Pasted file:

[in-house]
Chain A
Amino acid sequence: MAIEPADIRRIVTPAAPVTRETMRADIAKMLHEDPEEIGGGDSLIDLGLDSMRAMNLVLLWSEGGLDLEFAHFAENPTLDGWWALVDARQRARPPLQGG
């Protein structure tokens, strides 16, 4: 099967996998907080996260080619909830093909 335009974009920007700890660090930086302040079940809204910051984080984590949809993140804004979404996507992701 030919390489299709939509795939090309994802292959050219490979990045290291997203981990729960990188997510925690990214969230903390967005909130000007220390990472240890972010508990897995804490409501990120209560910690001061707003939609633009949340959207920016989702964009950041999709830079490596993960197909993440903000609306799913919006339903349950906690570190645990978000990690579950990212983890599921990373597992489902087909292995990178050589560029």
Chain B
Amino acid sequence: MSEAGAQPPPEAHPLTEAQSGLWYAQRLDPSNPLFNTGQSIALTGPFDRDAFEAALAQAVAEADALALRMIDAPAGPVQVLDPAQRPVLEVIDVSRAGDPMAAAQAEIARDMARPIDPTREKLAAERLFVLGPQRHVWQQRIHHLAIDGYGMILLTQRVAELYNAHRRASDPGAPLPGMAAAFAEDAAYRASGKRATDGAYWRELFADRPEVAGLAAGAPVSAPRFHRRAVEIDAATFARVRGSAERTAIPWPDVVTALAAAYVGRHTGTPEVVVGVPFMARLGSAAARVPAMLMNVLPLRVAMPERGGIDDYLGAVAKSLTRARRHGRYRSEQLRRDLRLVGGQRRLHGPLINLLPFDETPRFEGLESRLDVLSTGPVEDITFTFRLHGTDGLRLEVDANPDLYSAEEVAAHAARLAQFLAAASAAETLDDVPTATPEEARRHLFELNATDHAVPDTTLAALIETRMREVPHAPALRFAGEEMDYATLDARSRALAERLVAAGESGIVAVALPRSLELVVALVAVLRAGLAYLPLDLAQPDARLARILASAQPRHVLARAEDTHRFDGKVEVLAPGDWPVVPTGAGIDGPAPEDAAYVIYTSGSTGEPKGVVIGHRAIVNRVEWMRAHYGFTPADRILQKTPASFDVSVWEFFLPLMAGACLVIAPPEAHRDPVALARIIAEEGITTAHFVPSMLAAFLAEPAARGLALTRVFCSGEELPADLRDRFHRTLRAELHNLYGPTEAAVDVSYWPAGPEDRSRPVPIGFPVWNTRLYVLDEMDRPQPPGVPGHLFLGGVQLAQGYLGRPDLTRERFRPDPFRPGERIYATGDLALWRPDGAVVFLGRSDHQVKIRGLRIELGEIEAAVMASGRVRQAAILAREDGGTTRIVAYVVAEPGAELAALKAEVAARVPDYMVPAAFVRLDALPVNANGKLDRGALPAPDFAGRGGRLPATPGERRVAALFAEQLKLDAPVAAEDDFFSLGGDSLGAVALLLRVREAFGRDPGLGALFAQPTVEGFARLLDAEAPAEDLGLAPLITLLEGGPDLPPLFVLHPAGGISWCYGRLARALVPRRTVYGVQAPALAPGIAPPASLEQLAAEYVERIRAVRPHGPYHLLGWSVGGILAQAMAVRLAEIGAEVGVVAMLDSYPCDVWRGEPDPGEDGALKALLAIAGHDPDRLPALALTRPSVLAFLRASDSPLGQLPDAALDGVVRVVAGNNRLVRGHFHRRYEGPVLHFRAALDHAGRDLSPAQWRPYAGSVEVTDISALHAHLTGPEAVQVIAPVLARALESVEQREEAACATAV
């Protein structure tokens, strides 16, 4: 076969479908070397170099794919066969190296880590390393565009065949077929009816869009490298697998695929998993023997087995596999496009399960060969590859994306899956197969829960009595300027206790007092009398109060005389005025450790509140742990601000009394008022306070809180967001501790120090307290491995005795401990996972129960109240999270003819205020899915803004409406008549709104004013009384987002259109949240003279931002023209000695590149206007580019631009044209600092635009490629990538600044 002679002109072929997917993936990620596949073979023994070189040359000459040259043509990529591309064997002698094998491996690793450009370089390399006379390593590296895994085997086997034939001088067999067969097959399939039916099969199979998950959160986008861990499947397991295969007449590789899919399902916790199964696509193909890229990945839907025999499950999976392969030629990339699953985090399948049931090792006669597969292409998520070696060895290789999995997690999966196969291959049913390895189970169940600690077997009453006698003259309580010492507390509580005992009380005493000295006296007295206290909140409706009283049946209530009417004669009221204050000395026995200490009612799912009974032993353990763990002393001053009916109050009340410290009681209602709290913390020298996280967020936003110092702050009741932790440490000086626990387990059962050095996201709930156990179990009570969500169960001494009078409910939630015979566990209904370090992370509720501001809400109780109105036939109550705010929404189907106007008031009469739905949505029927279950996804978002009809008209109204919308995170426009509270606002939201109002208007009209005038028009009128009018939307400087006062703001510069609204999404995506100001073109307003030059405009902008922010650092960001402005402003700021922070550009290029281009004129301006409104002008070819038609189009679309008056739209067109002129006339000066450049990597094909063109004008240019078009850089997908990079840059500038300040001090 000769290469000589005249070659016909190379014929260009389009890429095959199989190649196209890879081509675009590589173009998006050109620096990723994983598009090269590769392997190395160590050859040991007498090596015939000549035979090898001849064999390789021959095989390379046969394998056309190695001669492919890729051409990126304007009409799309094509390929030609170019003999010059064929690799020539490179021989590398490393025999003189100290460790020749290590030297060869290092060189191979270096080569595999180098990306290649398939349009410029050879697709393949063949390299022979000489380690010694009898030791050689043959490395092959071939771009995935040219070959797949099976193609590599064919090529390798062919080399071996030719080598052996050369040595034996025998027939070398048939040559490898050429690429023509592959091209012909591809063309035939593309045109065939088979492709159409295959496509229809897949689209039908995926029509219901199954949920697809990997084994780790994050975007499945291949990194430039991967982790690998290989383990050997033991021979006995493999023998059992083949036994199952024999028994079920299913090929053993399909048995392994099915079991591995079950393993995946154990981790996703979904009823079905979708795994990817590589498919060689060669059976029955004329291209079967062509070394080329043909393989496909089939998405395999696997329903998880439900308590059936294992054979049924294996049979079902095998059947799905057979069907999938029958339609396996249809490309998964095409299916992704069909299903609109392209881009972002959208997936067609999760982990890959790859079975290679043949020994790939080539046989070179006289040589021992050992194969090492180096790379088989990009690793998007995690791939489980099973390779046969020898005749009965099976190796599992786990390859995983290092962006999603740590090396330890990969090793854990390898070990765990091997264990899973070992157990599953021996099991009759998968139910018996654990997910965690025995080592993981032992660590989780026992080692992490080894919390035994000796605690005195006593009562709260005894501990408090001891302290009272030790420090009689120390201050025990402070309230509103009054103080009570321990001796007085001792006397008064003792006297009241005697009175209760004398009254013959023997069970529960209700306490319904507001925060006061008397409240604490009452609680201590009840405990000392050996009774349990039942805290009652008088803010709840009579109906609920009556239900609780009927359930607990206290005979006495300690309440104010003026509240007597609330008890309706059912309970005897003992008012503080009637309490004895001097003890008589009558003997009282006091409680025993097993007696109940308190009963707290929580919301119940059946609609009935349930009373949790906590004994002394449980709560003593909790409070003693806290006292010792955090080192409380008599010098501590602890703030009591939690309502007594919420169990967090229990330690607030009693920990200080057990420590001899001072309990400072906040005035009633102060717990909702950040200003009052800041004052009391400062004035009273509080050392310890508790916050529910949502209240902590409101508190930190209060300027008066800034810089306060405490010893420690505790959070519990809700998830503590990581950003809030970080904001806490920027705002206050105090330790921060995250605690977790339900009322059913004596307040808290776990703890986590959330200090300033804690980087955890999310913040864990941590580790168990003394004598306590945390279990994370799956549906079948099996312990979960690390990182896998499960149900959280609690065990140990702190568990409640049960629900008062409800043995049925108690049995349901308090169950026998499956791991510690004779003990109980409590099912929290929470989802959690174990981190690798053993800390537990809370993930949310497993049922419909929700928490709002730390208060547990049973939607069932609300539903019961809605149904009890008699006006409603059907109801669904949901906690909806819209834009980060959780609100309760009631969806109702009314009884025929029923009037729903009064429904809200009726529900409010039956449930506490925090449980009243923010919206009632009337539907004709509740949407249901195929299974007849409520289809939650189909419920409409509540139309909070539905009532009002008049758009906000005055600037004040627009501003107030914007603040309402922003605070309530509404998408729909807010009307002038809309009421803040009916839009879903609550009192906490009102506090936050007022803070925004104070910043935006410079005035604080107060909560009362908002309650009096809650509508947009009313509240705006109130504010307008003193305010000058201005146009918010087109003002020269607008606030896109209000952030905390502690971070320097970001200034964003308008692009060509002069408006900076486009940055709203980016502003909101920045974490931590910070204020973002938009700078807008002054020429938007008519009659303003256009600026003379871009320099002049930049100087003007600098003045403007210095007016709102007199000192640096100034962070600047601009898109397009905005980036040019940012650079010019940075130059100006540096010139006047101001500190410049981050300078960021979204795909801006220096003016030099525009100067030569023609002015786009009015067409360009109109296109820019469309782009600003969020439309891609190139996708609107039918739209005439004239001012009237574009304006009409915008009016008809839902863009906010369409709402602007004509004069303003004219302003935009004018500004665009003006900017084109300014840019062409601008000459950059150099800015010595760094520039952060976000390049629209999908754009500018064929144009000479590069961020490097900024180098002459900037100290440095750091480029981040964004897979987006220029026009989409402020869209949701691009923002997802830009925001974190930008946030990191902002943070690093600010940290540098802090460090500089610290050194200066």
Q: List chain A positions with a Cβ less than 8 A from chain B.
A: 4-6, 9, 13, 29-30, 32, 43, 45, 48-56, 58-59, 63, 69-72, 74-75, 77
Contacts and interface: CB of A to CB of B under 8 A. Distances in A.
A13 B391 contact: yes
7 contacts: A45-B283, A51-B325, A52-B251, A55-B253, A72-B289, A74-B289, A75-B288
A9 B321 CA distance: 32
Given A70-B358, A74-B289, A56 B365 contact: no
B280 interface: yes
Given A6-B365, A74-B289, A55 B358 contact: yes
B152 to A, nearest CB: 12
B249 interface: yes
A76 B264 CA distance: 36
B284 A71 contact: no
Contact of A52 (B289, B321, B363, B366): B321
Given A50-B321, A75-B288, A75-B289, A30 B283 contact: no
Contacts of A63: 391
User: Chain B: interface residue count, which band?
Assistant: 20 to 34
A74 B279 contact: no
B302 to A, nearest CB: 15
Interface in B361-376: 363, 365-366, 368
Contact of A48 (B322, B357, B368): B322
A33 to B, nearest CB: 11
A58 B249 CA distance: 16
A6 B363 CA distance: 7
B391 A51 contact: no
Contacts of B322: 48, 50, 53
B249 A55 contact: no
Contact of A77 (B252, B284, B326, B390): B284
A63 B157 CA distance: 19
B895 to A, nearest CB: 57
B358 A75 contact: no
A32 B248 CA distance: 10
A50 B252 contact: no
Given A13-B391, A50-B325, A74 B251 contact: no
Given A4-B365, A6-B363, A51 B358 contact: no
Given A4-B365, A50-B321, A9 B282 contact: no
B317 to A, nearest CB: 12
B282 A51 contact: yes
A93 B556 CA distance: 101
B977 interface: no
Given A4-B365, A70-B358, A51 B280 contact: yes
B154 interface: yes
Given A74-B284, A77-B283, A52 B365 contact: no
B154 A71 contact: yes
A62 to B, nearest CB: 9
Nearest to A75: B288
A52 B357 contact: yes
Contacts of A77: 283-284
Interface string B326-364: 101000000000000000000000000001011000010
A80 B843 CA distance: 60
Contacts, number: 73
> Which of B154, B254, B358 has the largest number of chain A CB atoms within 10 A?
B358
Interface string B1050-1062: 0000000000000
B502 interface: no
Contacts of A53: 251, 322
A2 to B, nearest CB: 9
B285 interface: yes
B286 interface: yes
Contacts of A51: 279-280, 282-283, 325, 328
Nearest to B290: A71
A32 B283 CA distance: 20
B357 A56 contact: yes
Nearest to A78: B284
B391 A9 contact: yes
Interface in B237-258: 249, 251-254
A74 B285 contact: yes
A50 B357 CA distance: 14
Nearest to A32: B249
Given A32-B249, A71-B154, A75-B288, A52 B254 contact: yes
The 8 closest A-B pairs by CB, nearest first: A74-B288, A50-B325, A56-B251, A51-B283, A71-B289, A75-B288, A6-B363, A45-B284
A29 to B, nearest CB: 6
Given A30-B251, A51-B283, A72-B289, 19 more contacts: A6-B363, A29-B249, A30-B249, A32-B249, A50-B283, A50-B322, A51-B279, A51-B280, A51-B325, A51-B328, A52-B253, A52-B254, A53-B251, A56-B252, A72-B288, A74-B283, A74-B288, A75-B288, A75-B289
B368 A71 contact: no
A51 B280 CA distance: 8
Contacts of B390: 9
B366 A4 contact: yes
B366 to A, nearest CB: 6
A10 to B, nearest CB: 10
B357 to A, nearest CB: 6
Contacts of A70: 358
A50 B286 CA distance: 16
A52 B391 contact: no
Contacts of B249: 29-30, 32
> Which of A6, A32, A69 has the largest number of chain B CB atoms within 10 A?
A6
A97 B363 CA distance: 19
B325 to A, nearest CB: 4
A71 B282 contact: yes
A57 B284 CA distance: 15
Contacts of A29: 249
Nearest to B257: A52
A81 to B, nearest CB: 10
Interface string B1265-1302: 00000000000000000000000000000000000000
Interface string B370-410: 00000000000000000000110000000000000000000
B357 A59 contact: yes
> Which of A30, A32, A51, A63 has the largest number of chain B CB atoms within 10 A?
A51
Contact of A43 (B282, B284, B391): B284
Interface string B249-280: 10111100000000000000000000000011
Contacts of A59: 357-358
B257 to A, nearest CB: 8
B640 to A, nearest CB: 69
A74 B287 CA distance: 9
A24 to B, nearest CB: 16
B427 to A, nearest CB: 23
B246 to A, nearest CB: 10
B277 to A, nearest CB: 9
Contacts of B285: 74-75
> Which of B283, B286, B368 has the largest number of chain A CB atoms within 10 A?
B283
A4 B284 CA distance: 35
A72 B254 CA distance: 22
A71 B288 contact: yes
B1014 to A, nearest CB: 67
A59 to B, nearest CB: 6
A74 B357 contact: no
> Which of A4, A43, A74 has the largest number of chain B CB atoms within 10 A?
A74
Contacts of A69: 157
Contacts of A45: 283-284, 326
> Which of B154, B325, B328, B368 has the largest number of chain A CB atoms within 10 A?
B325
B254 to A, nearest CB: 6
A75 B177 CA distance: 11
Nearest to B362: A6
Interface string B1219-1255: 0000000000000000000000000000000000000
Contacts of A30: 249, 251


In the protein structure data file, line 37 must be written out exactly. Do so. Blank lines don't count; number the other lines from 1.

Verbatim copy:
A63 B157 CA distance: 19